Residents were 'shaken out of bed' during Leyland housing development works
Residents living at Carr Lane, Leyland, say their houses have been left "vibrating" and have blamed recent works on a nearby housing development for damage caused to their properties..
And owners of the four homes, which were built in the 1820s, claim that have cracks in the walls of their properties and have even been "shaken out of bed" by the vibrations caused by below-ground works to a new housing development.
One resident said she even resorted to paying £900 of her own money for a private structural survey to her property to determine the cause of the recent damage and disruption and claims the housing company won't take responsibility for the damage to the home she loves.
The Meadow Gate development, in Farington, was developed by Rowland homes, with works first beginning back in 2017.
But residents at Carr Lane claim that ever since the works started, vibrations have caused their houses to shift, leading walls to crack and even let in water in some circumstances.
Retired nursing officer Maggie Edmonston, 72, has lived at Carr Lane for 43 years and said she and her neighbours had never had any problems until Rowland began constructing the development.
She said: "These houses have been here for years and were built for the cotton mill managers and their families. They have stood through two world wars and I have never had any problems in all the time I have lived here.
"Then Rowland comes along and started building these modern houses that were thrown up incredibly quickly. When they started piling, all of our cottages started vibrating and we were literally shaken out of our beds and our cars were damaged from all the debris.
"There has been a shift in our houses which has meant the front has begun cracking because the bricks have moved. There can't be any other reason for the damage because it all started when their work began.
"Houses have even had water coming through which has caused my neighbours to be off sick with stress, but we are all struggling with the anxiety caused by this because they won't accept any responsibility."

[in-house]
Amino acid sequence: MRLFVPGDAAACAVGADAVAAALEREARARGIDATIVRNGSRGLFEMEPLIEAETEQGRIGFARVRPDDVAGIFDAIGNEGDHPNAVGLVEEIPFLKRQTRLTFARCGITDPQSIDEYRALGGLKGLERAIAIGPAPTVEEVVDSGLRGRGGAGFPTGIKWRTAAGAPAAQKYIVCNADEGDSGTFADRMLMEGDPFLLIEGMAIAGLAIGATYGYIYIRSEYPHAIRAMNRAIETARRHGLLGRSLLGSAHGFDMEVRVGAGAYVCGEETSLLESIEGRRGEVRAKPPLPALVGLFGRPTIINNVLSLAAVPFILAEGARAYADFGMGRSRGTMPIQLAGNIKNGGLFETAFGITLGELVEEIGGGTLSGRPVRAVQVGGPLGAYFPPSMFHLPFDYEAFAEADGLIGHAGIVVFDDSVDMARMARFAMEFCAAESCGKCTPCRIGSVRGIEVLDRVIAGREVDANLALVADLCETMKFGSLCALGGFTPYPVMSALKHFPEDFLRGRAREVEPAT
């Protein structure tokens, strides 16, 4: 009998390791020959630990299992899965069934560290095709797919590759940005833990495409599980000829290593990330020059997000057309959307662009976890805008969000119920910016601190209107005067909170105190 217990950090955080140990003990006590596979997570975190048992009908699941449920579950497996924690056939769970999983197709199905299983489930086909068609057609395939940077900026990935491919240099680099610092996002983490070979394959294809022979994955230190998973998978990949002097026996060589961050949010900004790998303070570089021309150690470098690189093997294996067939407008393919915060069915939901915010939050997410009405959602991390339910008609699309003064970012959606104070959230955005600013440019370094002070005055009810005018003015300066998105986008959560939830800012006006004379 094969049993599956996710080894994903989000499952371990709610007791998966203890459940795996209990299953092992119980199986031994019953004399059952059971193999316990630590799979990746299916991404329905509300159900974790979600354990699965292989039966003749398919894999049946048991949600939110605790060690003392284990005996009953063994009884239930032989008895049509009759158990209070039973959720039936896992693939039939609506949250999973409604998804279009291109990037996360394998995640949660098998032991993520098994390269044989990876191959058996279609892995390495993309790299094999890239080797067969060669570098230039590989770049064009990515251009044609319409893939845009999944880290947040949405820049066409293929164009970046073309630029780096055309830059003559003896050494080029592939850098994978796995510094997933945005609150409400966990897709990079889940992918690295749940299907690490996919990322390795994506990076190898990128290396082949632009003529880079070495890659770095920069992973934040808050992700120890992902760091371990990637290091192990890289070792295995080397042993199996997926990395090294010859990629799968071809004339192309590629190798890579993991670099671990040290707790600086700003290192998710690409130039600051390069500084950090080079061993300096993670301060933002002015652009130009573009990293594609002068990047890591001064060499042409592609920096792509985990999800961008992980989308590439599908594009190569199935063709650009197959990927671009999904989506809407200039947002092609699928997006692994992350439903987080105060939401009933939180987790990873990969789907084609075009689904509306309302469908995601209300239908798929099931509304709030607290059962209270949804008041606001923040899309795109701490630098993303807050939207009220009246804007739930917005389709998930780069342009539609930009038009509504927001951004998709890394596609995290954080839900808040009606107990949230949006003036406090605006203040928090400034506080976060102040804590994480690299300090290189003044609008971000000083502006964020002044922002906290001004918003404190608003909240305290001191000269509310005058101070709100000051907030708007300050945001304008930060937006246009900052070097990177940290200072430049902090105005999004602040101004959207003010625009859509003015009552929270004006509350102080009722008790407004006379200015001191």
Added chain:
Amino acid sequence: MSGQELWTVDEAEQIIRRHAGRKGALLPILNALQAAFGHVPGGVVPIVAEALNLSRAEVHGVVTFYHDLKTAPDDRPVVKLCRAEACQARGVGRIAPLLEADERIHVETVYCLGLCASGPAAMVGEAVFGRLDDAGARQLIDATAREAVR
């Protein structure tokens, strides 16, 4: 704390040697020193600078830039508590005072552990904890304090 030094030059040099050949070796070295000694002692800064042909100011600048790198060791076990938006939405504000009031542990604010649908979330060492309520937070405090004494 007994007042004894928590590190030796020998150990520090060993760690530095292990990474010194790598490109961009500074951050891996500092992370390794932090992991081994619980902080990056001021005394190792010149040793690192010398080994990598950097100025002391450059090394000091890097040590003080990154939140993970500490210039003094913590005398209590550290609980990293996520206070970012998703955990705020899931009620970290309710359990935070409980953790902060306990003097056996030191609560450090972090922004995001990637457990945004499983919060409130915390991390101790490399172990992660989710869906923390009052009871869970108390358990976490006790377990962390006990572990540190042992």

Maggie knew that the problem needed escalating when she saw water coming through the cracks, running down her wallpaper and then into electrical sockets in her home.
The results from the structural survey stated that defects had "occurred recently" and could have "been a result of ground movement."
It added that “a recent movement event could potentially be associated with the nearby construction works" however, it was still unable to prove the damage was caused by the housing construction.
Maggie claims that the railway line behind the four homes was not to blame for the recent damage because it only became apparent when nearby construction work began.
Upon contacting Network Rail on November 23 of last year, they confirmed that they were not at fault, with no recent works being made to the line.
Maggie added: "It could not be anything else because we have never had any problems living here before this and it is now just going from one disaster to another.
"I am not giving up this fight. Rowland told me they weren't taking any responsibility, but I have spent a lot of money on keeping my house renovated and love my home.
"The place is going to wreck and ruin. All we want them to do is put things right and they won't do that. It just isn't good enough. Fixing this would merely be a drop in the ocean for a big company.
"I am doing this for all the residents of these cottages who are my neighbours. We have all had the same experience and know it is because of the new construction."
The Post has contacted Rowland Homes for a comment but they have not yet responded.
Their Meadow Gate development offers a range of two, three and four-bed homes over 199 plots.
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